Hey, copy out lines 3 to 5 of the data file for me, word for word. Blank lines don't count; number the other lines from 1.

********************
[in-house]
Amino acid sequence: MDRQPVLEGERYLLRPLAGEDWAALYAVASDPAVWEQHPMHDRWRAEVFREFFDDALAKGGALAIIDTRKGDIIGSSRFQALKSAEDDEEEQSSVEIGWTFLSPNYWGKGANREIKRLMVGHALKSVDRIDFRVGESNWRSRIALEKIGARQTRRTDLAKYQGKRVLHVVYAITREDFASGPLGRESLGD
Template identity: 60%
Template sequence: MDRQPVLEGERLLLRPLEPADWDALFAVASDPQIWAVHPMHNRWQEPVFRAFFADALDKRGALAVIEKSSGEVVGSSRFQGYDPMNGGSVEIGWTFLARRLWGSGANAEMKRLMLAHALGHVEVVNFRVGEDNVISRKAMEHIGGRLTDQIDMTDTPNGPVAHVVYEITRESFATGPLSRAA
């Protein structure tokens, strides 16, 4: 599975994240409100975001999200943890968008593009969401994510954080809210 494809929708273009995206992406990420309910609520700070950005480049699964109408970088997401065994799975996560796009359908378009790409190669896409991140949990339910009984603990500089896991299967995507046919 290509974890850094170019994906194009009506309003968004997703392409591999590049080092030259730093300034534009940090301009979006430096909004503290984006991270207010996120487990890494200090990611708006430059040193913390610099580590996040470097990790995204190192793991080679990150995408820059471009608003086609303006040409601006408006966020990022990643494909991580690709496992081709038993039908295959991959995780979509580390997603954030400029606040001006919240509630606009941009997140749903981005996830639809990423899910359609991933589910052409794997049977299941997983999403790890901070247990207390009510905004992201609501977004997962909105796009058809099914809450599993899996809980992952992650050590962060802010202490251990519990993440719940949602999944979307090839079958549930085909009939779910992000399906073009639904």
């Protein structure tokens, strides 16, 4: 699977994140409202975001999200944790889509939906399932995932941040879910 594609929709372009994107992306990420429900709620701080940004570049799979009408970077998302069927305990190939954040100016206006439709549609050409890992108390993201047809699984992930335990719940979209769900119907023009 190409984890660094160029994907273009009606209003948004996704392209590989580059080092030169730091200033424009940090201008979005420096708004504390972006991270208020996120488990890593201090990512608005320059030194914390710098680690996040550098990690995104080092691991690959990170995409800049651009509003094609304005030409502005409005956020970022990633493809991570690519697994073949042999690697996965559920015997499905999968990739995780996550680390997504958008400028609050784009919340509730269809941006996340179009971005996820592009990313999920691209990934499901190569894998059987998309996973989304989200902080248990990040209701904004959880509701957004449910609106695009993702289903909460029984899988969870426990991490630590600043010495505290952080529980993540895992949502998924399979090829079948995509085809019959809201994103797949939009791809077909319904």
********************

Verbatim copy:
Template identity: 60%
Template sequence: MDRQPVLEGERLLLRPLEPADWDALFAVASDPQIWAVHPMHNRWQEPVFRAFFADALDKRGALAVIEKSSGEVVGSSRFQGYDPMNGGSVEIGWTFLARRLWGSGANAEMKRLMLAHALGHVEVVNFRVGEDNVISRKAMEHIGGRLTDQIDMTDTPNGPVAHVVYEITRESFATGPLSRAA
């Protein structure tokens, strides 16, 4: 599975994240409100975001999200943890968008593009969401994510954080809210 494809929708273009995206992406990420309910609520700070950005480049699964109408970088997401065994799975996560796009359908378009790409190669896409991140949990339910009984603990500089896991299967995507046919 290509974890850094170019994906194009009506309003968004997703392409591999590049080092030259730093300034534009940090301009979006430096909004503290984006991270207010996120487990890494200090990611708006430059040193913390610099580590996040470097990790995204190192793991080679990150995408820059471009608003086609303006040409601006408006966020990022990643494909991580690709496992081709038993039908295959991959995780979509580390997603954030400029606040001006919240509630606009941009997140749903981005996830639809990423899910359609991933589910052409794997049977299941997983999403790890901070247990207390009510905004992201609501977004997962909105796009058809099914809450599993899996809980992952992650050590962060802010202490251990519990993440719940949602999944979307090839079958549930085909009939779910992000399906073009639904």